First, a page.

Iowa is as deep at tight end as any other position on its roster.
The Hawkeyes exploited that advantage quite a bit against Ohio State — and wound up with one of their best passing efforts of the season.
Jake Rudock threw for 245 yards and a career-high three TDs, including one each to tight ends C.J. Fiedorowicz and Jake Duzey, in a 34-24 road loss to the fourth-ranked Buckeyes.
The Hawkeyes (4-3, 1-2 Big Ten) used a significant number of sets against Ohio State that featured three tight ends, and 11 of Rudock's 19 completions went to Fiedorowicz, Duzey and George Kittle.
That's a trend that could continue when Iowa hosts Northwestern (4-3, 0-3) on Saturday.
"We'll keep it in our repertoire," Iowa coach Kirk Ferentz said. "It's a group that we feel comfortable with. It's no big secret. Certainly in the spring, we felt pretty good about our tight ends and they continue to work hard and improve. So, we'll utilize that group if it fits."
Perhaps the most surprising aspect of Iowa's push toward using multiple tight ends was the emergence of Duzey.
Duzey nearly caught as many passes against the Buckeyes as he had in his entire career to that point.
The sophomore from Troy, Mich., had a team-high six receptions, including an 85-yard touchdown off a short pass from Rudock that tied it at 24 late in the third quarter.
Duzey finished with 138 yards, the most for an Iowa tight end in 15 seasons under Ferentz. That's quite a milestone considering that current NFL players Dallas Clark, Scott Chandler and Brandon Myers never had that many yards for the Hawkeyes.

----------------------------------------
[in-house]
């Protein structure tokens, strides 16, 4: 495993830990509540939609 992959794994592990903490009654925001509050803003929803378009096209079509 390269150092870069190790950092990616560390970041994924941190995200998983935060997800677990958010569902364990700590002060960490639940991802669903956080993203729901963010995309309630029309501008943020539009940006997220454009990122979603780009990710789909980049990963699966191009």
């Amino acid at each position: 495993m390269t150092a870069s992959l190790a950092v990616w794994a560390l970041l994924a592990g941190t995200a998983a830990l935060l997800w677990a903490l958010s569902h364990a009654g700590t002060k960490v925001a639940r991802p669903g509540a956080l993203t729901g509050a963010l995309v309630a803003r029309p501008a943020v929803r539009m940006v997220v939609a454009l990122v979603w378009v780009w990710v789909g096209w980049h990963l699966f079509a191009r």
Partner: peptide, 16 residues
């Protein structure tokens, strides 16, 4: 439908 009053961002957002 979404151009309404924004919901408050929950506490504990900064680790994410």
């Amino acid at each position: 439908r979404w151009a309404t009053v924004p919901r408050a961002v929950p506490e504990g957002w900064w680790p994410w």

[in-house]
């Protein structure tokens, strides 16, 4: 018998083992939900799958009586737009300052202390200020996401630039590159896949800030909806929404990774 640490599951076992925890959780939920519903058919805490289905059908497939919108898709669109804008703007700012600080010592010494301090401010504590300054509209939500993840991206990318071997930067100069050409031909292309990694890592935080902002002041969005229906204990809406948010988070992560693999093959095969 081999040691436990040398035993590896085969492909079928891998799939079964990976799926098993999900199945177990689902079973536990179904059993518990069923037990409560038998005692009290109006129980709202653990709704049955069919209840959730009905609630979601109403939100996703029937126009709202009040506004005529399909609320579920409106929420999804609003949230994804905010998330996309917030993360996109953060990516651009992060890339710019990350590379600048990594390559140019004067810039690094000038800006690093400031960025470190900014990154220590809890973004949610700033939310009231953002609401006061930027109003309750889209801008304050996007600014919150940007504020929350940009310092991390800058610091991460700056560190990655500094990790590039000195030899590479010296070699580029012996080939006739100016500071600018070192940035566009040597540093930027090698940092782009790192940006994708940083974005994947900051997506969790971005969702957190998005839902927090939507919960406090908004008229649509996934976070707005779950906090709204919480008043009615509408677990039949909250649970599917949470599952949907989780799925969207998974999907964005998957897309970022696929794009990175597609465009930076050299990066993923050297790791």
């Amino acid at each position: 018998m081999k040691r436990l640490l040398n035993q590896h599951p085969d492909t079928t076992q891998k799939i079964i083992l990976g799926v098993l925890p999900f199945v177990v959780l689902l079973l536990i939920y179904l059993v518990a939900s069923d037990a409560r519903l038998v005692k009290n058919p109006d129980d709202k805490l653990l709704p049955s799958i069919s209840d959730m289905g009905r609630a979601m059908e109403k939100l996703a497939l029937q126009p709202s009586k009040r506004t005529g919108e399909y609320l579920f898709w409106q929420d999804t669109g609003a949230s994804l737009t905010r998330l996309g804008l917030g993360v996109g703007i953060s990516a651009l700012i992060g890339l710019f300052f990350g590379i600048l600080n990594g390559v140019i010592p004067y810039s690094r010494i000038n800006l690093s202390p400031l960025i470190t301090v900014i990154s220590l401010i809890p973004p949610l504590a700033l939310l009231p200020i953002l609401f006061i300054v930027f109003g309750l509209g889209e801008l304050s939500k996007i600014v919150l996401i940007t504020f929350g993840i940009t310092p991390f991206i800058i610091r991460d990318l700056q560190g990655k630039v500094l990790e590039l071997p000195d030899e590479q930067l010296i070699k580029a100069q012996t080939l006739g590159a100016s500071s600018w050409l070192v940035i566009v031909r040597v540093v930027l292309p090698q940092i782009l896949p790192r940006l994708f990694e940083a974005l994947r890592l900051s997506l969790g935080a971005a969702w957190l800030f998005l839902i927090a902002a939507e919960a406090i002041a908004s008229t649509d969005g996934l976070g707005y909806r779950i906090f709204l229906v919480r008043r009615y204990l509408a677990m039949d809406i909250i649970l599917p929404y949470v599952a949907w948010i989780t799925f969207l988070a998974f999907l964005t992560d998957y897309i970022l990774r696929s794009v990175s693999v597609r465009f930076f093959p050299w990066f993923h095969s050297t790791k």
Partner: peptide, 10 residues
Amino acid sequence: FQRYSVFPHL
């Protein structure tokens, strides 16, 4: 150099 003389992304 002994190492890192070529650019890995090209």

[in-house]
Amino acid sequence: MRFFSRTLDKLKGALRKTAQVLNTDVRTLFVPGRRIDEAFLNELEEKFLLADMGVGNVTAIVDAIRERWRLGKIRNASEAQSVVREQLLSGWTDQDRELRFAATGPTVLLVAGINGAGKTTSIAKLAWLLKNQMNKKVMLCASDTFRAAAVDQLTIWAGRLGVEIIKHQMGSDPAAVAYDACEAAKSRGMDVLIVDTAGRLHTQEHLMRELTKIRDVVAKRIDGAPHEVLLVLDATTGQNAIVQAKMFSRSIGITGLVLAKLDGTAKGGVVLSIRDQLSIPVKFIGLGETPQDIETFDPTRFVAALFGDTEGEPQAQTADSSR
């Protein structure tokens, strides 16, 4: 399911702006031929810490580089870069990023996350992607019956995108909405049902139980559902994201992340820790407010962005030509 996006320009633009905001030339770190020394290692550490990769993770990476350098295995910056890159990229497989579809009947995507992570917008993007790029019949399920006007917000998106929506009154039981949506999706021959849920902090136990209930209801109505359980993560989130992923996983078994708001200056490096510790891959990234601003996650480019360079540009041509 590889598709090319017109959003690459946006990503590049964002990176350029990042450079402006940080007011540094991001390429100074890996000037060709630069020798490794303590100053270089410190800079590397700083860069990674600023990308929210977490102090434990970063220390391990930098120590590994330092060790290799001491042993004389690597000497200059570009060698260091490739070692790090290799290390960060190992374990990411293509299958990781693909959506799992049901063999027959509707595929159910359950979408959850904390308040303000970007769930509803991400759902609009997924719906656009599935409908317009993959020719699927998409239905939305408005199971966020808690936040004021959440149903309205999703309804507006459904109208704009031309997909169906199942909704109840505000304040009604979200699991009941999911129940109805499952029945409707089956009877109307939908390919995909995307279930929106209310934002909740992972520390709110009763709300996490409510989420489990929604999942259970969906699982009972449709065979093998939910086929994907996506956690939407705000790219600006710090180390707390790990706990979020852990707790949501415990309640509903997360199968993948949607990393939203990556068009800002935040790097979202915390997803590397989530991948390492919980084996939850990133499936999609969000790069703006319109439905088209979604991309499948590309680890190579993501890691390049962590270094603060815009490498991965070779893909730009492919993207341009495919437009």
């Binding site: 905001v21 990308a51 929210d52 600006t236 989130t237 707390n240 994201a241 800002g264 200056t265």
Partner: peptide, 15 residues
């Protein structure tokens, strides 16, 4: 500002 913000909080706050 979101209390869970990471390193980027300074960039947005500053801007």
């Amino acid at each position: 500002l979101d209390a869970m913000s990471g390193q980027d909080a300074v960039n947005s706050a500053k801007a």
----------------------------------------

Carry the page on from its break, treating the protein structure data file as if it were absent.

"It wasn't shocking that he had that kind of day," Ferentz said of Duzey's breakout performance. "The best part about it is that hopefully it will give him confidence, and that's what younger guys usually lack."
The next Hawkeyes' tight end with NFL potential is Fiedorowicz, a 6-foot-7 senior. And though Fiedorowicz probably won't live up to the enormous hype that accompanied his arrival, he has emerged as a valuable safety valve for Rudock.
Fiedorowicz caught four passes against Ohio State, including a 2-yard TD reception. He's now second on the Hawkeyes with 15 catches and first with three touchdowns grabs, all from inside the 11-yard line.
"He's a big body. He can go up and get it," Rudock said. "The speed helps too. C.J. can run."
It's a good thing Iowa is so stacked at tight end — a group that also includes junior Ray Hamilton and Kittle, a versatile redshirt freshman — because the Hawkeyes are rather thin at wideout.
Iowa has yet to develop a consistent threat beyond Kevonte Martin-Manley, who has 27 catches and a pair of touchdowns.
Damond Powell is capable of making a big play, but he's only got eight catches in seven games. Tevaun Smith, Jacob Hillyer and Don Shumpert, the three receivers behind Martin-Manley on the depth chart, have combined for just 26 receptions.
But with three tight ends, Iowa has a chance to bolster its running game and get favorable matchups on slower linebackers and smaller defensive backs at the same time.
"We're all excited," Duzey said. "We can all play, so we love being out there together and it's working good."
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